To Melissa G., the Recessionary Grocery Shopper / Part II: Two Choices of the American Every Mom

Oct 5, 2009 by

Melissa G. represents the average American grocery shopper (as targeted by Campbell Foods) during the current recession, according to a Sept. 7 article in Advertising Age.

Dear Melissa, Cambellsvisitsscan

You have no reason to listen to me. I’d be pretty surprised if you took to heart anything I have to say. Actually, I don’t see that you even have much choice about it.

Since those nice folks at Campbell Soup came out, and acted like you were doing a great job as a mom, and declared you the representative of their target market, it’s a little like being crowned queen.

The affirmation of this powerful, famous processed-foods manufacturer must feel good. Everyone’s heard of Campbell’s. They’ve been around forever. To them, your opinion, methods and goals in feeding your family are like gold. What you’re doing is perfectly valid to those experts. Those folks aren’t judging you. They’re not telling you what to do; they just want to help make what you want to do easier and cheaper in these hard times.

MelissaInRecessionscan To know you’re smack dab in the middle of the American mom demographic must also be reassuring, knowing that “everybody” is doing things about like you are. The way you’re feeding your kids must be OK. Safety in numbers and so forth.  If it’s not OK, at least your kids will have plenty of miserable company dealing with their ills as adults.

On top of all that, whatever you want, Campbell’s wants to give you, or sell it to you anyway. That must be empowering. I saw an ad on TV last week for those products Campbell’s developed just to make you happy—those packets of pasta Alfredo sauce and French Onion burger kits that allow you to recreate at home those great chain restaurant meals you and your family enjoyed so much before money got tight. You’re practically famous yourself now. We’ll always think of you, Melissa, whenever we see those ads.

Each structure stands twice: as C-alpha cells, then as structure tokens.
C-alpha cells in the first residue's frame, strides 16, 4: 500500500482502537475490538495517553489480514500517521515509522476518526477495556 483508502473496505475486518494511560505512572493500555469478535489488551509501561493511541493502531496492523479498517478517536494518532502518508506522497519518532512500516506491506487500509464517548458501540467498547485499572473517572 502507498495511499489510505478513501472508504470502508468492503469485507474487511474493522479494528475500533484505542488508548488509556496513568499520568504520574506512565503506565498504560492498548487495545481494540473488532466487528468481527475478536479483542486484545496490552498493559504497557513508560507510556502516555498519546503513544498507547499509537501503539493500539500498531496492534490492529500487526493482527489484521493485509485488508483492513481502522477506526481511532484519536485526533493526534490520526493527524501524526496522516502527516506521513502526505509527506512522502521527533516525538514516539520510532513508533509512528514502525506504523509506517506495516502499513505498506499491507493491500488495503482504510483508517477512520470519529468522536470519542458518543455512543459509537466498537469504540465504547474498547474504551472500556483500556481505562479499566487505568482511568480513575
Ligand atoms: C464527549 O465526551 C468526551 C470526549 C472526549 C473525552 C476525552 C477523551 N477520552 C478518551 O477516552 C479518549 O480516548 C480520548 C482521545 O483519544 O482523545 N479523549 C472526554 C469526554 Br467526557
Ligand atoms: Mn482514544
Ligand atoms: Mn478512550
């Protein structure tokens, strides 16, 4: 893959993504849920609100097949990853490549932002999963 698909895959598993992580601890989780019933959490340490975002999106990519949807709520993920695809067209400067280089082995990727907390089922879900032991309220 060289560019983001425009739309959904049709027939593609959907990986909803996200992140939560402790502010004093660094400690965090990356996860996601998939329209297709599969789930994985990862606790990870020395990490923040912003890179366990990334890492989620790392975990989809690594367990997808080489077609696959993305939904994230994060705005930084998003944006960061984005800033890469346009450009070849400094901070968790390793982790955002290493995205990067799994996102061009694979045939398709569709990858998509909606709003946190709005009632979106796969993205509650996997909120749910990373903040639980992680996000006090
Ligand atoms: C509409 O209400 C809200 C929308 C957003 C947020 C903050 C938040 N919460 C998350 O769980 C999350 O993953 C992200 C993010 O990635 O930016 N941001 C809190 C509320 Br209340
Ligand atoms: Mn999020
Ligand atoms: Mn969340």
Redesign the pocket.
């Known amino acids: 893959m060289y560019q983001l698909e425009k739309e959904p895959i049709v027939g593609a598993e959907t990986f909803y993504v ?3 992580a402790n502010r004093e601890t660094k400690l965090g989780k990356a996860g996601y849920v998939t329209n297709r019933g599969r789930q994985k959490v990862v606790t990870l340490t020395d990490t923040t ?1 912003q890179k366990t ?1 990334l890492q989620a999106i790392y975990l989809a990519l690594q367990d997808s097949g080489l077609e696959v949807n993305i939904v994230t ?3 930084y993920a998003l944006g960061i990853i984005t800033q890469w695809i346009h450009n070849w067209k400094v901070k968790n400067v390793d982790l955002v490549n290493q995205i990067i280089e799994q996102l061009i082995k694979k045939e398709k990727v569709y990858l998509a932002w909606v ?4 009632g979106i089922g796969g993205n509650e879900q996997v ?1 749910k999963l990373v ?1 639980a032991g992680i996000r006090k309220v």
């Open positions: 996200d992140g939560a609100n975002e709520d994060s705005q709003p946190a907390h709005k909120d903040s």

Happy Meals without the Drive-Thru

Mealtimes at your house, as you told Campbell’s, are “happy, peaceful and quiet.” Life is good.

Furthermore, your kids, ages three, seven and 11, are pretty set in their ways. They’re not complaining. As you told Campbell’s, you never challenge your kids’ comfort by unsettling them with something to eat that they haven’t willingly eaten before. They’re in the habit of having their own way and it’s not a problem for you.

You’ve already had to compromise a lot on food choices because of the recession, and it hasn’t been easy. So why would you change anything further now?   MelissaEatOutscan

Actually, you shouldn’t even think about trying to change, because even if you wanted to, change would be nigh impossible for you at this point.

Only One Way to Happiness

Why is change not worth considering? You, the American Every Mom, clearly see only two options for feeding children.  Moms can be the kind of parent, like you, that lets the kids decide what they’ll eat. Everyone is happy in those homes.  The other kind of parent battles with their kids endlessly to get them to eat what the parents want them to eat, whether that’s healthy but unappealing foods like vegetables and fruit, or in your case, even just the cheaper brands instead of name brand food.  Stress, strain and conflict rule at those dinner tables.

Maybe your parents were the strict kind that made you “clean your plate.” Maybe they demanded that you eat all the nasty, good-for-you foods they served you, like broccoli and Brussels sprouts. It was unpleasant in every way.  Maybe you decided you were not going to be that kind of parent, and I agree, it isn’t ideal.  You decided to be the other kind of parent, the cool type that listens to their kids and gives them choices. Your parents might say you’re spoiling your children, but things are different nowadays.